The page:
imgres-9

Make some music and build your own ukulele.

imagesZAS5333U

Dragon Hands Temporary Tattoos

untitled

Lego Erasers

The Wonder of Soap Nuts

185I have a confession:  I get strangely excited about washing my laundry in an environmentally sound way.  I’ve been making my own natural laundry detergent (based on this easy recipe, but I buy soap flakes rather than grating my own soap – much easier and cheaper) for a couple of years and I know I won’t turn back.  The laundry is clean and green and I love it.

But I was also excited when I got some soap nut samples from Eco Nuts to try out.  I’d read all about soap nuts, and was fascinated, but not inspired to change my already satisfying eco-laundry routine.  Unless, of course, they were to fall into my lap, which they did.

What are soap nuts?   For starters, they’re not actually nuts, but the fruit from a tree, and they’re sometimes called soap berries.  They are used for various kinds of personal cleaning because they contain high amounts of saponin, which is a natural surfactant.  As a natural, bio-degradable item, their effects on the environment are benign. They’re quite new to North Americans, but are yesterday’s news in many parts of the world where they’ve been used for millenia.  Grown largely in Nepal and India (there are some efforts to see if they can be grown elsewhere), their importation carries a carbon footprint, but being small and light (the dried berries are about the size of a cherry) this imprint is fairly small.  Also, because they’re so small and the companies that distribute them tend to be eco-conscious, their packaging is minimal.

They’re also a cinch to use.  You just put 4 of 5 of the dried berries into the provided wash bag and throw it in the wash.  The laundry comes out fresh and clean, and it still quite amazes me that the naturally occurring saponin in these soap nuts is doing such a brilliant job on the clothes, including diapers.  You re-use the berries for several washings until they dry out, and then they go in your compost.    The only imperfection I can think of is that the little wash bag  can get hidden among a pile of wet clothes.  But even if you forget to retrieve the bag and it goes through the dryer, the soap nuts can still be used so it doesn’t really matter much.

They’re a wonder, basically.  And it’s not just me who thinks so – my husband loves them too.  He’d never heard of them before and asked, “Can we become a distributor?”  Conversion in a sentence, that’s what that is.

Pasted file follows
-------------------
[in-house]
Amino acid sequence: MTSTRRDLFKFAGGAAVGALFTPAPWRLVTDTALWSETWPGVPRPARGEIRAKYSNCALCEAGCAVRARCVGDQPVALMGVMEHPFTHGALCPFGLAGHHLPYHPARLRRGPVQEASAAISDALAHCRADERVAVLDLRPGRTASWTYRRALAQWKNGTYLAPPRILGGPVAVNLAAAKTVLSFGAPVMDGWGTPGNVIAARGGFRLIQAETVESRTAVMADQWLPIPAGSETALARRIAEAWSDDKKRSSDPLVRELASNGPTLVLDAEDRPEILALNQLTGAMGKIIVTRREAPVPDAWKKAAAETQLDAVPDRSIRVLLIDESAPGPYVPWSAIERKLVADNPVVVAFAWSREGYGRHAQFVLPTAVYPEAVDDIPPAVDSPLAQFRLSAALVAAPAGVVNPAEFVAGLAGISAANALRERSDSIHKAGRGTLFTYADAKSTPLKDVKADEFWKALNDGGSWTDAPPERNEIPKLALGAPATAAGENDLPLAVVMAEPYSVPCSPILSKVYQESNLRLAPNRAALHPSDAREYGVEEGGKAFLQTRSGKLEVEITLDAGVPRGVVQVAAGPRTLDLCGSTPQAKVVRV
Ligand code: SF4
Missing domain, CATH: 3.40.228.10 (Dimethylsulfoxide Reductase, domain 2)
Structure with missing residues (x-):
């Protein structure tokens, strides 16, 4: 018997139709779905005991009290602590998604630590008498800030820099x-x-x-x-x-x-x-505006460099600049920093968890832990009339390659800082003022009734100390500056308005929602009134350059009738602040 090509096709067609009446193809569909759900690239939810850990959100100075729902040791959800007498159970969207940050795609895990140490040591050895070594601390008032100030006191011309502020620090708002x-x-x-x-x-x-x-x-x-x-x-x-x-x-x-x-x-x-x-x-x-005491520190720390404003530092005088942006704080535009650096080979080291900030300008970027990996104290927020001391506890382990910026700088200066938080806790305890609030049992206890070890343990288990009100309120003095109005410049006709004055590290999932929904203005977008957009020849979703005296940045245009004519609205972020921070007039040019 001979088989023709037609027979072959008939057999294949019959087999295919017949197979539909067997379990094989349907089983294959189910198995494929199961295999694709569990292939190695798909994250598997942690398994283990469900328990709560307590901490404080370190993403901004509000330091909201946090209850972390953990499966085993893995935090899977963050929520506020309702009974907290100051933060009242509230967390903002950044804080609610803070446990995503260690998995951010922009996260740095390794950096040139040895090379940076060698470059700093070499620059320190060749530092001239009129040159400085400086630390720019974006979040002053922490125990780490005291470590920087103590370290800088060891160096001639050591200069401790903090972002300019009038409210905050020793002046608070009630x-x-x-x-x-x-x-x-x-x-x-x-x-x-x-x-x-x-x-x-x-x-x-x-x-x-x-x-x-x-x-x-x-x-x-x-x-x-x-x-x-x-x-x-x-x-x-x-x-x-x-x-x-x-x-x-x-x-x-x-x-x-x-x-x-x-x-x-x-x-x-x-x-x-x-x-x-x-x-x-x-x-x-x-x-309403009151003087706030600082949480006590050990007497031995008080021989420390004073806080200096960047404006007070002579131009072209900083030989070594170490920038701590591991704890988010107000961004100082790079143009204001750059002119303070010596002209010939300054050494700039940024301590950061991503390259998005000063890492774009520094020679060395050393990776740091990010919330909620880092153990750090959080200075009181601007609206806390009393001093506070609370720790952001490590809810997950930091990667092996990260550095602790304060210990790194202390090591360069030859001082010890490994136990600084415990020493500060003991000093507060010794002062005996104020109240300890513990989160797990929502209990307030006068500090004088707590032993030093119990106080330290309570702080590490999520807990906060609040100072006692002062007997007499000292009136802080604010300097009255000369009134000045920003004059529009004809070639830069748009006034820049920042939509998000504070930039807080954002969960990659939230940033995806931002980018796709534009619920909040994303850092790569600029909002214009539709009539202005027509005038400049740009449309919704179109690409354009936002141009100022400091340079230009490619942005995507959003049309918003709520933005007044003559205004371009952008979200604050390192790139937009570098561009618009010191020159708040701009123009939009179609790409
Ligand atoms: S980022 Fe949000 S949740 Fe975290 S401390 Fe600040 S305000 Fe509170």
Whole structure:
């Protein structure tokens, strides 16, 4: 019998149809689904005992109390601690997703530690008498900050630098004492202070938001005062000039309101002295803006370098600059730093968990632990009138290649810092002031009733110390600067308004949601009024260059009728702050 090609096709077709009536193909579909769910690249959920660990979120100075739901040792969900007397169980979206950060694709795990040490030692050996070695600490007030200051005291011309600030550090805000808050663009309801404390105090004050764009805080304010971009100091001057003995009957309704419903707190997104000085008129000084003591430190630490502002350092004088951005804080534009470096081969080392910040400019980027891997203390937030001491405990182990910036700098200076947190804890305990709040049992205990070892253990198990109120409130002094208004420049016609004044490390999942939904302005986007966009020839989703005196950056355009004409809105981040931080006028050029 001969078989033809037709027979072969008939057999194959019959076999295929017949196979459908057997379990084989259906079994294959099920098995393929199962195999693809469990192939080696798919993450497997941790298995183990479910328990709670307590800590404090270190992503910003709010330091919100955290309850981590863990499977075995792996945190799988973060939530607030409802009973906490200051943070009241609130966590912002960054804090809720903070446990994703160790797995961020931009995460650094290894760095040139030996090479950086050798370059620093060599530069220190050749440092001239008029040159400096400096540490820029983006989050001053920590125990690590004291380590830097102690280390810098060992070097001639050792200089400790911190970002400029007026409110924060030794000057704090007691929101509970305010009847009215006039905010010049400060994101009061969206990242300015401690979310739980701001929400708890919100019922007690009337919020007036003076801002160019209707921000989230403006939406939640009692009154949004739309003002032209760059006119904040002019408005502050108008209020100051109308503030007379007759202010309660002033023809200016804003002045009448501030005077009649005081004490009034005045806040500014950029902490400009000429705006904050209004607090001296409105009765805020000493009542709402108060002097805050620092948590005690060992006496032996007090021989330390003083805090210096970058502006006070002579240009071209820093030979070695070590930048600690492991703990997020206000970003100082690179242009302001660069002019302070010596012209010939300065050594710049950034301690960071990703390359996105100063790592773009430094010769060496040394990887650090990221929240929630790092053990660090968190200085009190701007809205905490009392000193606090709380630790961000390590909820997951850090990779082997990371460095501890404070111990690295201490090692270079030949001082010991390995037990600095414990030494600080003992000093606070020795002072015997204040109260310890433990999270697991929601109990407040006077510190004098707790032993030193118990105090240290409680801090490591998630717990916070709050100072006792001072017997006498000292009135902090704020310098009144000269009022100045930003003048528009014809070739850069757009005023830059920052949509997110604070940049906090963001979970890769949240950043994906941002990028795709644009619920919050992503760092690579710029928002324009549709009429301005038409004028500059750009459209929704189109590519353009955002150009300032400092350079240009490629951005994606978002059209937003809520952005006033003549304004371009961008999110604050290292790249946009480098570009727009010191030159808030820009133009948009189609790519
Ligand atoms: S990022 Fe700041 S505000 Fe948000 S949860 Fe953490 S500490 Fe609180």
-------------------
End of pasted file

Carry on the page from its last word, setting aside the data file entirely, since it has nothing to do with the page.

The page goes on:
I liked the soap nuts enough to question whether I should switch over from my homemade laundry detergent which, remember, I really love.  To help me decide, I did what I have never done before, which is to do a costs comparison, throwing in a commercial detergent for fun.  The results from my homemade laundry detergent (made with soap flakes, washing soda, baking soda, and borax) may not be entirely accurate but is close enough for me (I measure my loads in cups while the ingredients are sold by weight, and I estimated how much the cups of ingredients weighed based on a conversion measure for flour).  This is what I discovered:

Eco Nuts, $12.99 for 100 loads: 12.8 cents/load

Homemade laundry detergent:  $5.17 for 40 loads (5 cups at 1/8 cup per load):  12.9 cents/load

Tide Ultra Powder Detergent:  $10.99 for 30 loads:  37 cents/load

Who knew, my friends, who knew?  Firstly, I always assumed that my eco-detergent cost more than leading commercial brands.  Wrong!  It costs only about a third as much.

Also, the homemade laundry detergent and the Eco Nuts come out basically neck-and-neck.  Whoa.  I had to steady myself against the table.  Not really, but still it was quite a surprise.  I love my detergent, but if it costs the same and is easier, I might just switch to soap nuts.  Eco Nuts are conveniently available at my local health store but they’re also available online (as are many other distributors of soap nuts, like this this company, which caught my attention for its fair trade and community giving practices).  Plus buying in large quantities (a no-brainer around here with 3 very active boys and 1 very active man in family) would lower the cost per load.